Something Old is New Again
I am a self-proclaimed ruler queen, believing that there is a ruler for everything and you can never have too many rulers. For this project, I dug deep in my ruler drawer and found a set of templates just waiting to see the light of day.
I chose to use the 10″ Pressed Petal squares that came in my Island Batik Ambassador box earlier this year. I loved the fabric so much that I was able to purchase the 2.5″ strip set – you can never have too many precuts and if you like a fabric you should buy it when you see it!
I was pleased to see that all three of the templates would fit on a 10″ square but I opted for a design change – after all, I did have 2.5″ strips!
The cutting went very quickly as I had decided on a table runner and only needed 12 blocks. The piecing was going pretty quickly too as I followed the book’s instructions, but I wasn’t liking the end result when I pressed the melon away from the first L shape. I knew I could do it better so switched to placing the melon on the bottom instead of the top and the result was much better. See my previous blog about piecing traditional Drunkard’s Path blocks without so many pins. The method worked like a charm for the melon shape and I soon had my 12 blocks pieced.
I loved the way the quilt was turning out, as these are certainly “My Colors” but it needed a little something else…..back to the faithful (and full) ruler drawer and there was my answer! Deb Tucker’s Corner Pop ruler – just what this little quilt needed. Then I dug in my Island Batik stash and found this beautiful raspberry print to top it off!
Time to Quilt
It’s not a quilt until it’s quilted! Trying to find time on the longarm is always a challenge with so many customer quilts in waiting…I love it when the machine is free “after hours”. This little baby took about 4 hours to custom quilt, not counting loading and design time. Yep, just call me The Midnight Quilt Rambler!
Faux Piping Binding
Last summer I did a schoolhouse presentation at my guild on faux piping binding – I thought this little project would be perfect with a scrappy faux piping binding…. you can download a one page PDF tutorial here.
I am pleased with the way this little quilt turned out. What was originally designed to be a counter top/table runner became a focus quilt in my entryway on the backside of my kitchen cabinets. I love how the colors reflect the theme of my home – tropical and bright!
This is Karen Overton, The Quilt Rambler, loving the Island Batik Ambassador Challenges and especially loving the Island Batik Fabrics!
Are you following me on Instagram? Facebook? or Twitter? There are more process photos posted on social media of this project.
Visit the other Island Batik Ambassadors to see how their projects have progressed.
Generally when sewing curves for a Drunkard’s Path block assembly there are multiple pins involved as you carefully pin all the fullness of the bias curve of the “pie” shape to fit the “L” shape of the units. I’m going to show you an easier way without all those pins!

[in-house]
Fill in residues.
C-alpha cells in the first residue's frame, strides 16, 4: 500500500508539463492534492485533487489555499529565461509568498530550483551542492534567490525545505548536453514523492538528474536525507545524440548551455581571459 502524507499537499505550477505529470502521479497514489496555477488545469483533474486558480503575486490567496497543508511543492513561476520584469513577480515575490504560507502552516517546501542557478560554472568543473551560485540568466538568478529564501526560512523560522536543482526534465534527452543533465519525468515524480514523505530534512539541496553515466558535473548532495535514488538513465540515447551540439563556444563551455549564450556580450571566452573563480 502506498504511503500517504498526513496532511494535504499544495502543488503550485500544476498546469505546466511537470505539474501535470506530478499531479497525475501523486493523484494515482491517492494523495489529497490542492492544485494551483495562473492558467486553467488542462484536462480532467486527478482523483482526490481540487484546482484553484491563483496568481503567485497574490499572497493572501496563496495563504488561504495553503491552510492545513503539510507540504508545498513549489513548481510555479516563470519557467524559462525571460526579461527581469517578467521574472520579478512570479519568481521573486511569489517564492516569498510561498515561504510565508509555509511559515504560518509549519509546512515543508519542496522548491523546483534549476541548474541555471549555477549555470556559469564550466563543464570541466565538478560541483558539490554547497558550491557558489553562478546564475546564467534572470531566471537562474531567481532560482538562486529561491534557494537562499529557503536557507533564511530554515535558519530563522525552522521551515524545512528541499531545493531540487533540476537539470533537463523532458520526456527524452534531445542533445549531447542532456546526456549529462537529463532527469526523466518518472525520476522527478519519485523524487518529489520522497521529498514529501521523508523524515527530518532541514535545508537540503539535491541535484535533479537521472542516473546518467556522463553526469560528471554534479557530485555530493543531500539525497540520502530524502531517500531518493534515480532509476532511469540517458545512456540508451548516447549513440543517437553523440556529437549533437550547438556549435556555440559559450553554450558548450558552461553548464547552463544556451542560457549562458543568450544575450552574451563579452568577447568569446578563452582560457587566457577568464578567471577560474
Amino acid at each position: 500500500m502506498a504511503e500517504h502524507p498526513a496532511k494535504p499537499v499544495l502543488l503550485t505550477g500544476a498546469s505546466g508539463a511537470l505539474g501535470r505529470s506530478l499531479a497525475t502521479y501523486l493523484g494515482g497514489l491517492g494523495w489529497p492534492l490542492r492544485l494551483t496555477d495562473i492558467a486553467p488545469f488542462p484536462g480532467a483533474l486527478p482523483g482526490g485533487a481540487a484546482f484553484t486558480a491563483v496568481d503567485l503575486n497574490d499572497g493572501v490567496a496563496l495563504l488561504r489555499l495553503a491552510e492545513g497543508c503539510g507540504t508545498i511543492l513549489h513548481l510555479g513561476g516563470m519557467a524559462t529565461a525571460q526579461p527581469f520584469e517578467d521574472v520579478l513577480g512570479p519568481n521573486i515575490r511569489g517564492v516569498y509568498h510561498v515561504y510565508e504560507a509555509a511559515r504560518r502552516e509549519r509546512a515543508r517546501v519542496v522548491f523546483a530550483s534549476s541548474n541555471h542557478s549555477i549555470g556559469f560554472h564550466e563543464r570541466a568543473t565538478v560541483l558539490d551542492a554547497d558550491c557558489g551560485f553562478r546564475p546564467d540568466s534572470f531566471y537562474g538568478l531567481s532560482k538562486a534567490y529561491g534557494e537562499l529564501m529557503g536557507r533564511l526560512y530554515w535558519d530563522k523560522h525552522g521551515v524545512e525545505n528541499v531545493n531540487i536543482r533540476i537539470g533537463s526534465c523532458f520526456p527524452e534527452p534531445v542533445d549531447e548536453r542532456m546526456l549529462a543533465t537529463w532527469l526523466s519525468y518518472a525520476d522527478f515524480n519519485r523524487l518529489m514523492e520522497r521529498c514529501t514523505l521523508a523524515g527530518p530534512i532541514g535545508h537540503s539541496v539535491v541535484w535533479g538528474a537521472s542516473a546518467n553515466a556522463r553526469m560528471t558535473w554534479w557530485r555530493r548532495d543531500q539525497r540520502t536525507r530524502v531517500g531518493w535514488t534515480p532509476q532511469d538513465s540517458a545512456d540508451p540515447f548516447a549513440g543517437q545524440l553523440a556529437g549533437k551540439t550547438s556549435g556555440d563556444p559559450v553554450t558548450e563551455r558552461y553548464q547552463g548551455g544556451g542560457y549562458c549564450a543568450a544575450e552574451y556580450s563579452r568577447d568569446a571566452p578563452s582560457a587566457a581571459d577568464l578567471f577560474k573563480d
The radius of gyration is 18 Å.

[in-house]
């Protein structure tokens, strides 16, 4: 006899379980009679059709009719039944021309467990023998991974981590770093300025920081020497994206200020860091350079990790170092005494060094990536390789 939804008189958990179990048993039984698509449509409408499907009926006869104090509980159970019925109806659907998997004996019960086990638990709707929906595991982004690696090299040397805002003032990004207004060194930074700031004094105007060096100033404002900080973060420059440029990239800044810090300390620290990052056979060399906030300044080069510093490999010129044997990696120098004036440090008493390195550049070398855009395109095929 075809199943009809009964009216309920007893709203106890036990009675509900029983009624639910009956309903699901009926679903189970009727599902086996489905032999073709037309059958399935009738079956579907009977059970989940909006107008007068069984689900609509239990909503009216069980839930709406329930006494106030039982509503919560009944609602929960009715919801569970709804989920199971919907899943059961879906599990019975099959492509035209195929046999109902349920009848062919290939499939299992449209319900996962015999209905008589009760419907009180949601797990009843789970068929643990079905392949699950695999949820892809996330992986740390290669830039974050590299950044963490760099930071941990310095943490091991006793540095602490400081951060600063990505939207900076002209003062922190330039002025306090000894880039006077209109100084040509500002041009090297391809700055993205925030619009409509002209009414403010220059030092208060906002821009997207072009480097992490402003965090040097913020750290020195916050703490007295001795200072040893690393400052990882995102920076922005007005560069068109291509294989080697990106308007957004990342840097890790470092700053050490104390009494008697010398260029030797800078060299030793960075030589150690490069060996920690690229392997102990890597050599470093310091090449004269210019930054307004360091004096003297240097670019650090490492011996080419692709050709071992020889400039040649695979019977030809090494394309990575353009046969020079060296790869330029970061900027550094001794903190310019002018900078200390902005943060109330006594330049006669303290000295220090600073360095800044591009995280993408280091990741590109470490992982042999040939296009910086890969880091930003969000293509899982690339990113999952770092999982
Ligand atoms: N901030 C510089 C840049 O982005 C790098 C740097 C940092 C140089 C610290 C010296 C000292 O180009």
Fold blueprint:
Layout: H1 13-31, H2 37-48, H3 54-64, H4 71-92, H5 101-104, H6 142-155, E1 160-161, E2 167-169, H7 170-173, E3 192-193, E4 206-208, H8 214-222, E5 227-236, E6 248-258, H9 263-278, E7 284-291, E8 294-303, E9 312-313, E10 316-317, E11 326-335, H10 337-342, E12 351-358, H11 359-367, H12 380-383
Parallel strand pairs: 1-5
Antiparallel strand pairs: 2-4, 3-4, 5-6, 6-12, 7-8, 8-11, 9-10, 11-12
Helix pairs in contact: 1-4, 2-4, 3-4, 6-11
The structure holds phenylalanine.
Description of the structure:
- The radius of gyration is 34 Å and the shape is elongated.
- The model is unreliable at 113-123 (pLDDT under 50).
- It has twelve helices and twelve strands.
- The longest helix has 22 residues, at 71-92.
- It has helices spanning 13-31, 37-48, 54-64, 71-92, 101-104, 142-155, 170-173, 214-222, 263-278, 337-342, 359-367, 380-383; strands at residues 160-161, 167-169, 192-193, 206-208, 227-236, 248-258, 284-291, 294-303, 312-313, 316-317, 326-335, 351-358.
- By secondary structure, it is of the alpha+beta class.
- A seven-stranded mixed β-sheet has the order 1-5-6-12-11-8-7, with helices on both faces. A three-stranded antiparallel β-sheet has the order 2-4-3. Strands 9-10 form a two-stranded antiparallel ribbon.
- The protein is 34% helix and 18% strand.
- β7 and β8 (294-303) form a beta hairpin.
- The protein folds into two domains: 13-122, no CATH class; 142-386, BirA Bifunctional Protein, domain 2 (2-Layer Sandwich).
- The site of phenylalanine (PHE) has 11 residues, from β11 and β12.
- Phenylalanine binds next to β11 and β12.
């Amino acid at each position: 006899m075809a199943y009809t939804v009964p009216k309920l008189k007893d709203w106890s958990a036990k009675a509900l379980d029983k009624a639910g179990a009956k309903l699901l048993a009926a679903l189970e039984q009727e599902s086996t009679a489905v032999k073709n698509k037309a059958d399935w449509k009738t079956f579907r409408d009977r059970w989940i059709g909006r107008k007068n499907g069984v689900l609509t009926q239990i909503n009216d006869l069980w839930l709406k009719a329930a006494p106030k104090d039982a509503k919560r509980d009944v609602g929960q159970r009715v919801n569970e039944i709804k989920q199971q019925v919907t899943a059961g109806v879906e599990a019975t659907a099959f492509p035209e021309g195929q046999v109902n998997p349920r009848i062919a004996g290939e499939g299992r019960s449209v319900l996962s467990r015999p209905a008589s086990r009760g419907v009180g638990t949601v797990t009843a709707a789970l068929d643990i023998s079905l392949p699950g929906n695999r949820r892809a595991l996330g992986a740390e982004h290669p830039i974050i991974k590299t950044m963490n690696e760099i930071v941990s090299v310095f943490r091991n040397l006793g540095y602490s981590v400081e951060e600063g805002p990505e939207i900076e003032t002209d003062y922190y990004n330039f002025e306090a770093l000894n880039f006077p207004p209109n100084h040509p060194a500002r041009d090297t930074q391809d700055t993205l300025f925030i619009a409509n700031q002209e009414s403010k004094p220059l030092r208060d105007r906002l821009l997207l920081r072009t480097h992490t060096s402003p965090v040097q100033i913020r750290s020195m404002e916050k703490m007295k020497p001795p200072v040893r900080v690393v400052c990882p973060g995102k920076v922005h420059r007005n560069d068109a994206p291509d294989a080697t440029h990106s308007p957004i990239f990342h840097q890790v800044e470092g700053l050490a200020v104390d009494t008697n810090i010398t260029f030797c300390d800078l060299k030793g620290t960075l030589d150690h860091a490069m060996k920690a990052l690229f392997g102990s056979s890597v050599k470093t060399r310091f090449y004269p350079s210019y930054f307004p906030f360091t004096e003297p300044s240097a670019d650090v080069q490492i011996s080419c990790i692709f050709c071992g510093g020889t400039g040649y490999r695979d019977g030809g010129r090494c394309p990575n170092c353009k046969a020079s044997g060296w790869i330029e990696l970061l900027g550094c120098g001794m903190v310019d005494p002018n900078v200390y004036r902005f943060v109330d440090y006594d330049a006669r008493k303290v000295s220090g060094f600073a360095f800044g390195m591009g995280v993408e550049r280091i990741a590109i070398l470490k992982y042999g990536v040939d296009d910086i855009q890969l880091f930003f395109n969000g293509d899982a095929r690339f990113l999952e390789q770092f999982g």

It Only Takes Three
In my experience, it only takes three locations to secure the units together before sewing – the top, the middle, and the bottom.
What makes this assembly different is placing the L-shaped unit on top of the pie shape. Most instructions have you do the opposite.
The key is to mark the centers of each shape and use a pin or wonder clip to hold into place. Then line up the bottom edge where the two units meet, making sure that the straight sides stay straight.
Begin stitching at the top using a stiletto to keep the fullness dispersed and matching the edges as you gently and slowly sew a quarter inch seam.
Most importantly make sure that the bottom edges meet, preferably making a straight edge connection.
Press with the direction of the pie shape laying naturally towards the L shape.
Small Improvement Makes a Big Difference
I found that sometimes the bottom edges didn’t quite lay perfectly at the straight edge and that resulted in being off just a tad after being pressed open, causing the curved seams from one block to another not to match, and we all know it’s about matching our seams (grin).
My solution was to sew a little from the bottom first to assure they lined up and then go back and sew from the top. This gave me much better results and was worth the extra time spent – still much less time than all those pins!
Since this was just a practice piece I decided to make a design change instead of trimming or ripping out and starting over with the newly discovered technique.
I haven’t decided yet what to do with the block – it’s kinda a Christmas color and it also reminds me of an owl. I originally thought of summer watermelons…so many possibilities….I’m sure it will pop up in a sampler quilt some day!
I hope you have found this simple technique useful and will enjoy a little curve piecing.
Stay tuned for my Island Batik Ambassador June Challenge with Curved Piecing!
This is Karen Overton, The Quilt Rambler, with a simple trick to simplify your curved piecing of the traditional drunkard’s path block.
Have you tried curved piecing? Do you have a favorite traditional Drunkard’s Path layout? Leave me a comment!